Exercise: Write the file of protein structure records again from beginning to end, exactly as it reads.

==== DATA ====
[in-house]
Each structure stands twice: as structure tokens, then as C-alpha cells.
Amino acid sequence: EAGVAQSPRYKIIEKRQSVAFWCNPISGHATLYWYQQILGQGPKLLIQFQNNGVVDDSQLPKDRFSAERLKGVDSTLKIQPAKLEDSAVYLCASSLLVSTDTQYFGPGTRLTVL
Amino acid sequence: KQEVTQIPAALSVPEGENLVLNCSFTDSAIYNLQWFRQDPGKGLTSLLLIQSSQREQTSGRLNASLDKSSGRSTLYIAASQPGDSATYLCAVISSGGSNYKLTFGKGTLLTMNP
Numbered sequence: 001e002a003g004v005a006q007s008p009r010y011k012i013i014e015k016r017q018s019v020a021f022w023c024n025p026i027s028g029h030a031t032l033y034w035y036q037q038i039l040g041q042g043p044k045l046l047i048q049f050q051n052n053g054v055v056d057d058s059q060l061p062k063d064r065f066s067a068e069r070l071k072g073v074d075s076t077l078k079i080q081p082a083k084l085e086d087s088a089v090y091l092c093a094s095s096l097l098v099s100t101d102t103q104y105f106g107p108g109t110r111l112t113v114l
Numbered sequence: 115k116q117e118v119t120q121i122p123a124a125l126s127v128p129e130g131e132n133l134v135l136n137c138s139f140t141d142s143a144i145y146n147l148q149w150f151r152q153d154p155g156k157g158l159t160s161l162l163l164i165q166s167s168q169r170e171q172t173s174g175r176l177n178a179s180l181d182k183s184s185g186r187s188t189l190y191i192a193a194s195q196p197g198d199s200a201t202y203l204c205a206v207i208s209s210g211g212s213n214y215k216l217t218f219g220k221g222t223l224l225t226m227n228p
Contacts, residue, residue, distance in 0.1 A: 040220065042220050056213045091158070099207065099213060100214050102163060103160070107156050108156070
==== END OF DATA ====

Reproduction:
[in-house]
Each structure stands twice: as structure tokens, then as C-alpha cells.
Amino acid sequence: EAGVAQSPRYKIIEKRQSVAFWCNPISGHATLYWYQQILGQGPKLLIQFQNNGVVDDSQLPKDRFSAERLKGVDSTLKIQPAKLEDSAVYLCASSLLVSTDTQYFGPGTRLTVL
Amino acid sequence: KQEVTQIPAALSVPEGENLVLNCSFTDSAIYNLQWFRQDPGKGLTSLLLIQSSQREQTSGRLNASLDKSSGRSTLYIAASQPGDSATYLCAVISSGGSNYKLTFGKGTLLTMNP
Numbered sequence: 001e002a003g004v005a006q007s008p009r010y011k012i013i014e015k016r017q018s019v020a021f022w023c024n025p026i027s028g029h030a031t032l033y034w035y036q037q038i039l040g041q042g043p044k045l046l047i048q049f050q051n052n053g054v055v056d057d058s059q060l061p062k063d064r065f066s067a068e069r070l071k072g073v074d075s076t077l078k079i080q081p082a083k084l085e086d087s088a089v090y091l092c093a094s095s096l097l098v099s100t101d102t103q104y105f106g107p108g109t110r111l112t113v114l
Numbered sequence: 115k116q117e118v119t120q121i122p123a124a125l126s127v128p129e130g131e132n133l134v135l136n137c138s139f140t141d142s143a144i145y146n147l148q149w150f151r152q153d154p155g156k157g158l159t160s161l162l163l164i165q166s167s168q169r170e171q172t173s174g175r176l177n178a179s180l181d182k183s184s185g186r187s188t189l190y191i192a193a194s195q196p197g198d199s200a201t202y203l204c205a206v207i208s209s210g211g212s213n214y215k216l217t218f219g220k221g222t223l224l225t226m227n228p
Contacts, residue, residue, distance in 0.1 A: 040220065042220050056213045091158070099207065099213060100214050102163060103160070107156050108156070